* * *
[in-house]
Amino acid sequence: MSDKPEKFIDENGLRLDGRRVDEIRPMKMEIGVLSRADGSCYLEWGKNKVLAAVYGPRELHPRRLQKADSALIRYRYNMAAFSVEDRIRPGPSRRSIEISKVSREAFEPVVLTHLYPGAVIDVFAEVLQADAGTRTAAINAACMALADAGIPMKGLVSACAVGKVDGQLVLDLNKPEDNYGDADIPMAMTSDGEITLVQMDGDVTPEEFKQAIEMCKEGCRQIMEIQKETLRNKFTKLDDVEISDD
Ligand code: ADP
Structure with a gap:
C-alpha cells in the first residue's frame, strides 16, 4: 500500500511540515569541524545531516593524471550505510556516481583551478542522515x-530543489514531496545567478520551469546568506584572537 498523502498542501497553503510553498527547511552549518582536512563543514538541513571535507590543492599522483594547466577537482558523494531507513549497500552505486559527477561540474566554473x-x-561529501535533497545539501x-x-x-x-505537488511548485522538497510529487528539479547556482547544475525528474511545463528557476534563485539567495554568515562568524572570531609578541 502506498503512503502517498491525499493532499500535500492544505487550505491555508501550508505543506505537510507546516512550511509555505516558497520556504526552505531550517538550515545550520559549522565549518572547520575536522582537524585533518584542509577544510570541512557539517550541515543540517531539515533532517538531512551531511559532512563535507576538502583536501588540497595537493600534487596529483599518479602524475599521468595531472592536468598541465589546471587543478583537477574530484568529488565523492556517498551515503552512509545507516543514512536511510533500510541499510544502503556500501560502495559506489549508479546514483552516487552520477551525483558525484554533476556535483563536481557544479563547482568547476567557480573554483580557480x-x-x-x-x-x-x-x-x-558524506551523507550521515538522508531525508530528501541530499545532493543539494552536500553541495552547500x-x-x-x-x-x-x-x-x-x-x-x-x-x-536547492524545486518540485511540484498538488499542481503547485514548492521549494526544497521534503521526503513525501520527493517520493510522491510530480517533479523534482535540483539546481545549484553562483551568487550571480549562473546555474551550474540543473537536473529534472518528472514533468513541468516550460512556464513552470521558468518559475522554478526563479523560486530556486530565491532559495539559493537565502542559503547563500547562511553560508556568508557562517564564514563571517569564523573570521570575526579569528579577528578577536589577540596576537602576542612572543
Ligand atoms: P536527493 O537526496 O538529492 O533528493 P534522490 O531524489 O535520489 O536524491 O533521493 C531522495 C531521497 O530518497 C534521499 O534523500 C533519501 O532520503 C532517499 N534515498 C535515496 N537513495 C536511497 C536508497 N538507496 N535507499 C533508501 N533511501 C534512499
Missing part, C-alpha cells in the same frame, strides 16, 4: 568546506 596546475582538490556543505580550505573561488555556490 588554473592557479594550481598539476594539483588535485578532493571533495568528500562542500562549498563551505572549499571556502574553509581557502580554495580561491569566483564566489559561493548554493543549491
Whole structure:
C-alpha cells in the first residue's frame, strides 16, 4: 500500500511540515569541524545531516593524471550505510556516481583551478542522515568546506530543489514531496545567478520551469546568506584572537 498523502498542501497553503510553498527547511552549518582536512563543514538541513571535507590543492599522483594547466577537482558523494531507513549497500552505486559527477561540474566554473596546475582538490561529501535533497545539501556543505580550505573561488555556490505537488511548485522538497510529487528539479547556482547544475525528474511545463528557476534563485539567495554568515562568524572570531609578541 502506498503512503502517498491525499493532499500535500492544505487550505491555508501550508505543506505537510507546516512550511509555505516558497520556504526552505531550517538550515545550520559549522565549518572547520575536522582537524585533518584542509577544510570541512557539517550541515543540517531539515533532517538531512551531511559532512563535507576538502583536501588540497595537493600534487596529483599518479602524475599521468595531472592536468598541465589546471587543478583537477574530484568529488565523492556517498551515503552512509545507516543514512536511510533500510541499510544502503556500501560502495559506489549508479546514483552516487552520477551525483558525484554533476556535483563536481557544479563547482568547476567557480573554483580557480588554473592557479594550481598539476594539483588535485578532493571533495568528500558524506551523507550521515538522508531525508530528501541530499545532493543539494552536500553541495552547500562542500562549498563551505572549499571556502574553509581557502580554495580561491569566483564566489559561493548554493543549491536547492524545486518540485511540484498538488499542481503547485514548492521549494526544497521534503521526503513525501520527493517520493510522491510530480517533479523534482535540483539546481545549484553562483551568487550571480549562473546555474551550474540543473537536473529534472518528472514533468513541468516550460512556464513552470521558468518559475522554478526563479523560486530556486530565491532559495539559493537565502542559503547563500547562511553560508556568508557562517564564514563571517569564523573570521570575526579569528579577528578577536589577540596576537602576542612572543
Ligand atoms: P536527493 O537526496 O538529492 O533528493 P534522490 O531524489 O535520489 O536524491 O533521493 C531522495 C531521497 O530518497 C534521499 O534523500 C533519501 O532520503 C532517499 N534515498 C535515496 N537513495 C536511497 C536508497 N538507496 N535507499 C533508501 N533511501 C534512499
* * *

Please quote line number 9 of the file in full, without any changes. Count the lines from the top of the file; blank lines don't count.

C-alpha cells in the first residue's frame, strides 16, 4: 500500500511540515569541524545531516593524471550505510556516481583551478542522515568546506530543489514531496545567478520551469546568506584572537 498523502498542501497553503510553498527547511552549518582536512563543514538541513571535507590543492599522483594547466577537482558523494531507513549497500552505486559527477561540474566554473596546475582538490561529501535533497545539501556543505580550505573561488555556490505537488511548485522538497510529487528539479547556482547544475525528474511545463528557476534563485539567495554568515562568524572570531609578541 502506498503512503502517498491525499493532499500535500492544505487550505491555508501550508505543506505537510507546516512550511509555505516558497520556504526552505531550517538550515545550520559549522565549518572547520575536522582537524585533518584542509577544510570541512557539517550541515543540517531539515533532517538531512551531511559532512563535507576538502583536501588540497595537493600534487596529483599518479602524475599521468595531472592536468598541465589546471587543478583537477574530484568529488565523492556517498551515503552512509545507516543514512536511510533500510541499510544502503556500501560502495559506489549508479546514483552516487552520477551525483558525484554533476556535483563536481557544479563547482568547476567557480573554483580557480588554473592557479594550481598539476594539483588535485578532493571533495568528500558524506551523507550521515538522508531525508530528501541530499545532493543539494552536500553541495552547500562542500562549498563551505572549499571556502574553509581557502580554495580561491569566483564566489559561493548554493543549491536547492524545486518540485511540484498538488499542481503547485514548492521549494526544497521534503521526503513525501520527493517520493510522491510530480517533479523534482535540483539546481545549484553562483551568487550571480549562473546555474551550474540543473537536473529534472518528472514533468513541468516550460512556464513552470521558468518559475522554478526563479523560486530556486530565491532559495539559493537565502542559503547563500547562511553560508556568508557562517564564514563571517569564523573570521570575526579569528579577528578577536589577540596576537602576542612572543